There are many conflicting reports on the importance of putting together a business plan when starting a business venture.
If you are building a big company and looking to get millions of dollars in funding, you’re going need to write one. It’s just standard operating procedure. Potential investors and Angels need to see one. You can’t just look them dead in the eye, tap your head and tell them it’s all in there.
But while it seems obvious that ideas swirling inside the heads of potential entrepreneurs should be put down on paper, there is a growing consensus of entrepreneurs who swear the business plan is a waste of time. The longer you sit planning, they say, the more time you spend outside the market. This means no incoming revenue, the risk that someone beats you to the market and starts cashing in on your idea or your idea gets old.
One author describes a business plan as, “A conspiracy by consultants and business schools to take advantage of inexperienced entrepreneurs with more dollars than sense.”
Think Twitter. Valued at billions of dollars and still trying to figure out how to bring in revenue.
So are business plans necessary or irrelevant and obsolete?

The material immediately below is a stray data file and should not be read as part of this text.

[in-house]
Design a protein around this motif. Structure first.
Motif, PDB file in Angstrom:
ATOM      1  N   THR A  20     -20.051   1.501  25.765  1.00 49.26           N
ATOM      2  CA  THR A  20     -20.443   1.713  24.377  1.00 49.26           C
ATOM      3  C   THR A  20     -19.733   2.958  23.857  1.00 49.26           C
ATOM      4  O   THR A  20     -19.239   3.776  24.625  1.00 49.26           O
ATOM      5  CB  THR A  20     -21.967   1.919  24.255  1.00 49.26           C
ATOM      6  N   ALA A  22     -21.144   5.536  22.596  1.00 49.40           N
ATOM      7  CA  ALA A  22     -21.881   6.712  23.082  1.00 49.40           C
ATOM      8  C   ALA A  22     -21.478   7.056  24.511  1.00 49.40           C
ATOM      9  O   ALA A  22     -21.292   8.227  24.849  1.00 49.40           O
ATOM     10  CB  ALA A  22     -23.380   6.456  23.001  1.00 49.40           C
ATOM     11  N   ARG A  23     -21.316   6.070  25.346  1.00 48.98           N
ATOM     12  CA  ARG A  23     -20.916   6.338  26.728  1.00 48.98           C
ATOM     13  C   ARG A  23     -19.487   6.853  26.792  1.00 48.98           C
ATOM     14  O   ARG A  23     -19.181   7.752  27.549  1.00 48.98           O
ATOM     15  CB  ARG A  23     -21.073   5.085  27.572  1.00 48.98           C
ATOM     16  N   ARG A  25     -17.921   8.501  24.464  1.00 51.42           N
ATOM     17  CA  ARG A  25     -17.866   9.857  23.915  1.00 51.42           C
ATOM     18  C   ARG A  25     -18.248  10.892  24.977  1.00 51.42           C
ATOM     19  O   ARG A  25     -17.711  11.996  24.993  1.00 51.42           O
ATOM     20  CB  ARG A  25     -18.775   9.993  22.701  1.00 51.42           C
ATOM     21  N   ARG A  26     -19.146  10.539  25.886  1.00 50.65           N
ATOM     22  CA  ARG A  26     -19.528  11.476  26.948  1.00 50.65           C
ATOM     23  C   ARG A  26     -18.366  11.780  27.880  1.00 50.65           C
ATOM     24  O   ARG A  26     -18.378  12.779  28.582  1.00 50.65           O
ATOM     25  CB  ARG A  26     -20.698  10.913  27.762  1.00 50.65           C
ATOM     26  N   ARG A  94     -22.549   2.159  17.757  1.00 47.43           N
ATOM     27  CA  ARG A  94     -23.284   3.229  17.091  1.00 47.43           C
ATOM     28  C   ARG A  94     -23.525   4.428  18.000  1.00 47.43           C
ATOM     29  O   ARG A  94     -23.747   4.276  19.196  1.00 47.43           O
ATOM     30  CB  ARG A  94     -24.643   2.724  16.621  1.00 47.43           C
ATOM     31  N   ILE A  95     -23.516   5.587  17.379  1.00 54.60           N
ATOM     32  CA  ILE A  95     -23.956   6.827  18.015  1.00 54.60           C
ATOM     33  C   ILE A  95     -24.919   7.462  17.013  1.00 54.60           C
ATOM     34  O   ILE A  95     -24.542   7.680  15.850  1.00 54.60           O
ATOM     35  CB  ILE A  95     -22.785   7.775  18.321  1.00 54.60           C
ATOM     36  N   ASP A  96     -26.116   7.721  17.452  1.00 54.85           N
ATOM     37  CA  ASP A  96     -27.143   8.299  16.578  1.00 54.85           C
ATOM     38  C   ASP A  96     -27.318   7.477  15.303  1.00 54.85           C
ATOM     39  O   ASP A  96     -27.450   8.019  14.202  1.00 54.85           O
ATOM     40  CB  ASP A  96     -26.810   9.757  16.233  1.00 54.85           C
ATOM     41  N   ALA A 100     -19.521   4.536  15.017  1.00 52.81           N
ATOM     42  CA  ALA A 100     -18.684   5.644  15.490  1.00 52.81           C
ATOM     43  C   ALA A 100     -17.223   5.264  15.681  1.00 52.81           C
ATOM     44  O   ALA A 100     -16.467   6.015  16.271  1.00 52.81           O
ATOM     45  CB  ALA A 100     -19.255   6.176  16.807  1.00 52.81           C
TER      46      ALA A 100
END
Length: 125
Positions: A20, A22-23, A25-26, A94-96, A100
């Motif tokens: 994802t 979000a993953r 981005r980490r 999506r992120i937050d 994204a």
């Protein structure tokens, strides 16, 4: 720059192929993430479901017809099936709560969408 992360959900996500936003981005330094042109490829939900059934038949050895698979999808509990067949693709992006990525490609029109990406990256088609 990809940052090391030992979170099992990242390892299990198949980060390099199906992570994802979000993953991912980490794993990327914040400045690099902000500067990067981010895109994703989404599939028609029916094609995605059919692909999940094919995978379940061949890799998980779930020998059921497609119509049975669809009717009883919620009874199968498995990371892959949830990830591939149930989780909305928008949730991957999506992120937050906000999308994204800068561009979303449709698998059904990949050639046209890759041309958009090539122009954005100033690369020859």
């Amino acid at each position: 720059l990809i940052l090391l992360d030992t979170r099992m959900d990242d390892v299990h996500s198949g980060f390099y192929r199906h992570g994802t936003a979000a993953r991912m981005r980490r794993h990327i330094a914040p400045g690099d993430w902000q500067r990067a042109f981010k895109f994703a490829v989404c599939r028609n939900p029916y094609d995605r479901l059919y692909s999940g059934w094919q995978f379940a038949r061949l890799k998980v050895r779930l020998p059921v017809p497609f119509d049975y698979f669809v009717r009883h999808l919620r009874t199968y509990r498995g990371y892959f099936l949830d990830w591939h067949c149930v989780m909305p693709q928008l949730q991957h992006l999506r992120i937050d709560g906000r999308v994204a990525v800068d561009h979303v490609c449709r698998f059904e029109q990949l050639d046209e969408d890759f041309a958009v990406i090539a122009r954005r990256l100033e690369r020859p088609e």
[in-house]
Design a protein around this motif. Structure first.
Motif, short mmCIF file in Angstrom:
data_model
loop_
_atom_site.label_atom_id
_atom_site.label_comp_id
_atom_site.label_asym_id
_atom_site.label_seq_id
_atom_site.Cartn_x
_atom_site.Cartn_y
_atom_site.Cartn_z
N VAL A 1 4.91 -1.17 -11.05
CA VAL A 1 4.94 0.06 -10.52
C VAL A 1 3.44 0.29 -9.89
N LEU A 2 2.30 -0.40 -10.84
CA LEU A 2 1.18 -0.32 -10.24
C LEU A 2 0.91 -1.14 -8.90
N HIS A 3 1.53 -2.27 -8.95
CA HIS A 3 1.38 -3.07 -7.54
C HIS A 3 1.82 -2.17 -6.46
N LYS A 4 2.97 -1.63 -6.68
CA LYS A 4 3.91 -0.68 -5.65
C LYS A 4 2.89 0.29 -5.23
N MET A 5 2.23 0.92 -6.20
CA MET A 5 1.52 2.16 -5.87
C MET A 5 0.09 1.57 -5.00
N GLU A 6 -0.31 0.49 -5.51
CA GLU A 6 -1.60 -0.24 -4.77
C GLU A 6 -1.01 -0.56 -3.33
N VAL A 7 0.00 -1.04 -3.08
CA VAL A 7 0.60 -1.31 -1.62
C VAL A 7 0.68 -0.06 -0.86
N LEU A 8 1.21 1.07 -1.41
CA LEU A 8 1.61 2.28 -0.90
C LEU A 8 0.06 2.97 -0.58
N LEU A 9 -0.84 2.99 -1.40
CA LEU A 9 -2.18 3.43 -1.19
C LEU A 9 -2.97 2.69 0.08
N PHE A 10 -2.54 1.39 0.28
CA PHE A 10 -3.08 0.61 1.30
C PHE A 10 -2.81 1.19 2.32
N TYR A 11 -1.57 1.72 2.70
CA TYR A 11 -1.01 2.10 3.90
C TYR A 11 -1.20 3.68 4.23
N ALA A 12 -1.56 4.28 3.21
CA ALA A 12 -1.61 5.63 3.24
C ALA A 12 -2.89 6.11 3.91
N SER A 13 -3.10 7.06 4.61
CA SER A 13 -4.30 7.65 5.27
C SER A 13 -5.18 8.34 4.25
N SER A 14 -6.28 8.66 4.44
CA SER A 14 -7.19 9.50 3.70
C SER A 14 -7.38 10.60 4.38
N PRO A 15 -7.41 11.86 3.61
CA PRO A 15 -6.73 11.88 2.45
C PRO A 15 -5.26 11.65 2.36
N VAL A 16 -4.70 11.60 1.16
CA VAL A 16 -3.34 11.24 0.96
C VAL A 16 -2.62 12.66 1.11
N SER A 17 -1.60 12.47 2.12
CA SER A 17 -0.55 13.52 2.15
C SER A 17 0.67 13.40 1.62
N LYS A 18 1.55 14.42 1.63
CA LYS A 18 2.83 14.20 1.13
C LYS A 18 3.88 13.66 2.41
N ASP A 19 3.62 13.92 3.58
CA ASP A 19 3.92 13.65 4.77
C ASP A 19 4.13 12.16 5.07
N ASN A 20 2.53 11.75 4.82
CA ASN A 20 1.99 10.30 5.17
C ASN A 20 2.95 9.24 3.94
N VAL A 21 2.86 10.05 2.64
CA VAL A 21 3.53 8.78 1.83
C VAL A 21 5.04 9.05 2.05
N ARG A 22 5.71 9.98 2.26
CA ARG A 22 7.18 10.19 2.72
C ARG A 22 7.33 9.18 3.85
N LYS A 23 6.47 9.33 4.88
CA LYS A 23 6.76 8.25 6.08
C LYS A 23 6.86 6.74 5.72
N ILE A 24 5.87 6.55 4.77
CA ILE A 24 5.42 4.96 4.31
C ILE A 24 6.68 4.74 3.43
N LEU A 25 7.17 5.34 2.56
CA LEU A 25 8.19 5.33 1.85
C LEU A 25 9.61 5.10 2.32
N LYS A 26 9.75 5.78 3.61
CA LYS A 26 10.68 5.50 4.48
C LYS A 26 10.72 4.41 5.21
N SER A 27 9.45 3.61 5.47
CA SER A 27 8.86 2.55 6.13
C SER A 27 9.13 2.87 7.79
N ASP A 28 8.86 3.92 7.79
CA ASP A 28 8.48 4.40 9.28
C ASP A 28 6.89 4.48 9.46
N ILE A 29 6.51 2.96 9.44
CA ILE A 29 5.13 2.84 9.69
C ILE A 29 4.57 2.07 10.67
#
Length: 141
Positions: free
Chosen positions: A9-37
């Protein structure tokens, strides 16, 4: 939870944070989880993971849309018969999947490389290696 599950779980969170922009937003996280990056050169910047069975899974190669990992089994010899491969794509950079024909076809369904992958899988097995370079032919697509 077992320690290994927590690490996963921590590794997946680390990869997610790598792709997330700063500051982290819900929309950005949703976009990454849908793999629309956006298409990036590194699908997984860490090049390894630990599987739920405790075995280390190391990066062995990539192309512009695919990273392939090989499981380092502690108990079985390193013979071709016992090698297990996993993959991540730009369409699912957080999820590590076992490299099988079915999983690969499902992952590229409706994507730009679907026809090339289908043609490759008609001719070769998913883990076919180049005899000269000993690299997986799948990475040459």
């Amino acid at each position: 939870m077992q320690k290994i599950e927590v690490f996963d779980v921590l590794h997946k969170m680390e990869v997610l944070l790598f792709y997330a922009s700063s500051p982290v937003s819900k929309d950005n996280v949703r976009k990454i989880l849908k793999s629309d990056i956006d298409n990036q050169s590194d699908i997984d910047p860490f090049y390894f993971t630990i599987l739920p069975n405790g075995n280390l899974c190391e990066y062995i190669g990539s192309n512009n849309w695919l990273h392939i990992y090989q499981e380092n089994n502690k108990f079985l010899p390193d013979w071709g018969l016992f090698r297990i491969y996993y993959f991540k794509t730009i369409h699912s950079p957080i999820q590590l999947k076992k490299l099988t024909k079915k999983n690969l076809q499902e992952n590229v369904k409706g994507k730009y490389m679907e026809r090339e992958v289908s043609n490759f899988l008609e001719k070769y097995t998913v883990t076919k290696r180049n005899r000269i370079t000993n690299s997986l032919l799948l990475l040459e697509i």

In his book, The Illusions of Entrepreneurship, Scott A. Shane, professor of entrepreneurial studies at Cape Western Reserve University, writes launching a startup is not a linear process. “The reality is messier. The actions that entrepreneurs take to build their companies don’t occur in a set order.”
One contributor to Forbes.com says, “You can plan and research all you want, but the first time you encounter something you didn’t expect, the plan goes out the window. Once you are underway, things never go the way you anticipate.”
It is impossible to make a list ahead of time of all the things you haven’t thought of.
Kevin D. Johnson, author of The Entrepreneur Mind, serial entrepreneur and president of Johnson Media Inc., a marketing and communications company calls them overrated. He says experience has taught him “When I get a new business idea, working on the business plan is one of the last things to do. The three crucial steps I follow before even thinking of writing a business plan is first, examine the competitive landscape to see what companies are already there. Second, discuss the idea with potential customers, and third, develop a sketch or basic prototype of the product.”
Peter Sims, author of LITTLE BETS: How Breakthrough Ideas Emerge From Small Discoveries, tells Black Enterprise, “When you are starting a new company you have an idea of where you want to go. Most entrepreneurs don’t start with great ideas, they discover them. Remember Google started as a project where Larry Page and Sergey Brin were trying to understand how to prioritize library searches. The company grew from a series of small discoveries.”
Sims, a former venture capitalist backs up his point, “I’ve seen hundreds of business plans and the only truth about them is that they never come true. What’s helpful about them is to convey a problem that needs solving and to state quickly the approach to solve them. The most important thing for a business is the people.”